In the U.S., more than 52.5 million adults are diagnosed with arthritis, which includes arthritis of the hands, at some point in their lives, asserts the Centers for Disease Control and Prevention (CDC). Unfortunately, up to 9.3 percent of US adults suffer from activity-limiting arthritis, such as being unable to work or type due to hand and wrist pain. However, a hand doctor can help reduce these symptoms through occupational therapy, medication treatment, or hand surgery. Since surgery is a last resort, those with arthritic hands can be proactive by learning more about several exercises to improve arthritis.
Exercise 1: Thumb Stretches
With a relaxed hand, move the thumb across the palm to touch the base of the small finger. As explained by the Mayo Clinic, this exercise helps to increase functionality and reduce inflammation within the joints of the thumb and wrist.
Exercise 2: The Scratch
Hold up the hand, and keep the fingers straight, similar to the position to push on a door. Make a clawing motion by bending the tips of your fingers down to barely touch your palm. Relax.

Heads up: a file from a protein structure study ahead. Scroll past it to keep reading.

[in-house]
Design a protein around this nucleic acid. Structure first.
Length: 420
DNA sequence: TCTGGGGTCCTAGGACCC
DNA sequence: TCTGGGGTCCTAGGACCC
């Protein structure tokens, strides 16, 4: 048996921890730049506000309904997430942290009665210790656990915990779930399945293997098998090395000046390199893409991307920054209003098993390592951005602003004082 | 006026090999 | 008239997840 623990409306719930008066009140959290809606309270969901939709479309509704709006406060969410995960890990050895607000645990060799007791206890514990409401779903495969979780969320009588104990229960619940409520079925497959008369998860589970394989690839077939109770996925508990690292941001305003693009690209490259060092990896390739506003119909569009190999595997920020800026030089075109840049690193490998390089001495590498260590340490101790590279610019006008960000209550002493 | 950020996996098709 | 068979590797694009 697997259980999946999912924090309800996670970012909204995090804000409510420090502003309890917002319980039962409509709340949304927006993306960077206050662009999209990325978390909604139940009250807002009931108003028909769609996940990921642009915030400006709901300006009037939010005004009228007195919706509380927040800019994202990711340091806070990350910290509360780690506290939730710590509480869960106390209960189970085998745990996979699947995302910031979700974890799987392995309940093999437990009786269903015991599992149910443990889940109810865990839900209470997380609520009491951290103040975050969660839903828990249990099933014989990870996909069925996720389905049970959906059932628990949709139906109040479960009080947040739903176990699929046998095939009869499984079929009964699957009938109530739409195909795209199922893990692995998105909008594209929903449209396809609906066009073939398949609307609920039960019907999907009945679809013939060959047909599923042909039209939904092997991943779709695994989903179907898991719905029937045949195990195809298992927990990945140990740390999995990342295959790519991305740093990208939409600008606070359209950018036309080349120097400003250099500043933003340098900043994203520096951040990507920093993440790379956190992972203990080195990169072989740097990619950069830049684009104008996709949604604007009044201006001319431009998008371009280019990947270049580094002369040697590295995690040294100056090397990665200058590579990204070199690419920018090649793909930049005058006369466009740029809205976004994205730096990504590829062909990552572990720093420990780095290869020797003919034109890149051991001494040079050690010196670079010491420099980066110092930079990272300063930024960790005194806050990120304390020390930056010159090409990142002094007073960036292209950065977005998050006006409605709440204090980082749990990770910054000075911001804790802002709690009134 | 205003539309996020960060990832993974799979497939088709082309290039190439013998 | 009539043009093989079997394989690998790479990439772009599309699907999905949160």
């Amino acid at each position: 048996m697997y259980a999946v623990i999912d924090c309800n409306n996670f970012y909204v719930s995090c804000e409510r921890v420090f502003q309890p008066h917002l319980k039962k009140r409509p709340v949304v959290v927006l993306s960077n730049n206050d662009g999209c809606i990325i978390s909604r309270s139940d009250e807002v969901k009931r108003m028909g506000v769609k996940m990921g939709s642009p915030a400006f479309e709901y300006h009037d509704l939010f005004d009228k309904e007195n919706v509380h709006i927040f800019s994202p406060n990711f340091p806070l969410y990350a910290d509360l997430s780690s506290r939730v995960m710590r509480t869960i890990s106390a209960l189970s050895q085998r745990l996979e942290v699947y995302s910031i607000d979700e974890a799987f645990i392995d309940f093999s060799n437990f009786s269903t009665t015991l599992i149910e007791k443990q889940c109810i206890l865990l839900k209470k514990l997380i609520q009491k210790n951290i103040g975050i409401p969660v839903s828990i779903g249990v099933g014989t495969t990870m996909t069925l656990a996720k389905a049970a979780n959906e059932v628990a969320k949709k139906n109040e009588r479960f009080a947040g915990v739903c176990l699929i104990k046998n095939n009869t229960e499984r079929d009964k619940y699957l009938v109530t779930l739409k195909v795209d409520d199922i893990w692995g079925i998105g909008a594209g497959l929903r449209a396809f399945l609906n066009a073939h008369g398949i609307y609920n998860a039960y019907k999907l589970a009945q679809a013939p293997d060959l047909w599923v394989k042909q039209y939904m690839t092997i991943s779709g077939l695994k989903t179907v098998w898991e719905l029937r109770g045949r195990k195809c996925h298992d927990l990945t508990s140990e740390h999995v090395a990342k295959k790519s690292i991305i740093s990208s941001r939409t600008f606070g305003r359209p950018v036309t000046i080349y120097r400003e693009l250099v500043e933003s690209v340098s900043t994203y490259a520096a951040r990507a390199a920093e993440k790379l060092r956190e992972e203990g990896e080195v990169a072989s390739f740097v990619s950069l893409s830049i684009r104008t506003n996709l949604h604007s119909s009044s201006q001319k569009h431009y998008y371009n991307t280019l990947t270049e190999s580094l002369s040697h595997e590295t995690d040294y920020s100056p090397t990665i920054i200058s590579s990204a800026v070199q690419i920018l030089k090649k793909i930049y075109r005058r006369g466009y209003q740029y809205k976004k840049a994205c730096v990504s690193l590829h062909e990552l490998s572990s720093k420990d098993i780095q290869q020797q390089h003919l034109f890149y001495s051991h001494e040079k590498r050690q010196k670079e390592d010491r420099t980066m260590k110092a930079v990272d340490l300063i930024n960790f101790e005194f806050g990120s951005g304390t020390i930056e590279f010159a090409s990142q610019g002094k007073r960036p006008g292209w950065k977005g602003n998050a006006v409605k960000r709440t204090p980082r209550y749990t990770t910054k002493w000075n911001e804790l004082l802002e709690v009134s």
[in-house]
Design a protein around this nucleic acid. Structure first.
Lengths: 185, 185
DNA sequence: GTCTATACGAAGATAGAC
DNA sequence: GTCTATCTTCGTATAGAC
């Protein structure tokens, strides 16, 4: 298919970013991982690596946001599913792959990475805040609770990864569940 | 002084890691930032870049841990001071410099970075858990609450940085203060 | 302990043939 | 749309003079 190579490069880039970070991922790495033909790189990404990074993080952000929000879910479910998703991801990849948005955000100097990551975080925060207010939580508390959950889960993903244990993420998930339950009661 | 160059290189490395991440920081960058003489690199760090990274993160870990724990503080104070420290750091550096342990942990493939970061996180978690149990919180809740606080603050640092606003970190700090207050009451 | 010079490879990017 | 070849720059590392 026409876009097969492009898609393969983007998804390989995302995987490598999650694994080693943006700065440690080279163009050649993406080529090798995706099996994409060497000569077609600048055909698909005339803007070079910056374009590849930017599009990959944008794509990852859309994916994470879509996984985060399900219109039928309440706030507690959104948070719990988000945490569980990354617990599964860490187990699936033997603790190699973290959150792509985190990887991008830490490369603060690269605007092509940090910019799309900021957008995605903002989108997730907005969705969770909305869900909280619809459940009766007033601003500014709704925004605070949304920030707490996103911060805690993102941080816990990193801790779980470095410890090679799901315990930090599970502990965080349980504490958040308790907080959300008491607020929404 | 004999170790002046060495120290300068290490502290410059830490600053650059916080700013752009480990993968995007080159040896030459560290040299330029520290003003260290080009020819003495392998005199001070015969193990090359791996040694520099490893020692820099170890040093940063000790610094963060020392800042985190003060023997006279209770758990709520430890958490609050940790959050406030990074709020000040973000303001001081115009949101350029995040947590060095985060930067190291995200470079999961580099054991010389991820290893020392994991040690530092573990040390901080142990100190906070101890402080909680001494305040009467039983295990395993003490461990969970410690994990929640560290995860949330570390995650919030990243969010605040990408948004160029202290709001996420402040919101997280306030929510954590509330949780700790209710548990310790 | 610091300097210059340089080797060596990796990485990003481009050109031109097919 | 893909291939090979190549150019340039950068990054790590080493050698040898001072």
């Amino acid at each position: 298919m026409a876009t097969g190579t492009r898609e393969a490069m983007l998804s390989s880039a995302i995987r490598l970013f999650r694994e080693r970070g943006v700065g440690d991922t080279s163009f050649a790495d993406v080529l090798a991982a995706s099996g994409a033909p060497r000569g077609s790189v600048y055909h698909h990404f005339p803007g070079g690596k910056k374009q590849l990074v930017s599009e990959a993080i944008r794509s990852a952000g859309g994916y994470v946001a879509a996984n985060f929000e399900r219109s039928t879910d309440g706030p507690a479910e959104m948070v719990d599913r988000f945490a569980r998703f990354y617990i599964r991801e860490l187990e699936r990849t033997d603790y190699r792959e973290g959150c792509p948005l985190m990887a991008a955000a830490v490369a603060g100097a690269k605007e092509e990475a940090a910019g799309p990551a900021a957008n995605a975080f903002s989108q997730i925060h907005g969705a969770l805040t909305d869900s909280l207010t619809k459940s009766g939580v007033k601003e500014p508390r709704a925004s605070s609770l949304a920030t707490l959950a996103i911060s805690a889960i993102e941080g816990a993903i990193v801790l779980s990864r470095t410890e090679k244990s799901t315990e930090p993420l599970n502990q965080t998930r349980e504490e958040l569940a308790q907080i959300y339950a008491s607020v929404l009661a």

Exercise 3: The Fist
Believe it or not, making a fist actually helps to improve blood flow and reduce inflammation throughout your hand. Rest your arm on a flat surface, and make a fist. Hold the position for five seconds before releasing, and repeat the exercise.
Exercise 4: The Claw
Holding the hand upright, create a “C” with your fingers and thumb. Imagine the way your hand looks when grabbing a glass or bottle. The key to performing this exercise is slow, repetitive motions, especially if you have not been able to perform this exercise previously.
Exercise 5: “A OK”
Think about when you hear someone say, “A OK.” This exercise takes advantage of the small circle formed when your index finger touches your thumb. Recreate this circle with the thumb and each finger. Repeat this exercise several times for each finger, alternating if necessary.
Exercise 6: Sliding Fingers
Place your hand on a flat surface with your palm down and fingers out as straight as possible. Your thumb will be pointed toward the center of your body. Slide your index finger toward the thumb. Proceed to slide each finger individually toward the thumb. This exercises the joint where the fingers attach to the hand.
Arthritis may occur as an autoimmune response or from the gradual wear down of tissues in your joints, explains the National Institute of Arthritis and Musculoskeletal and Skin Diseases. Each of these exercises can help to reduce the progression of arthritis. However, you should always speak with your physician about the best exercises for your specific condition. If you suffer from unyielding pain in your hands or wrists due to arthritis, schedule a free hand screening with a hand specialist at the Florida Hand Center.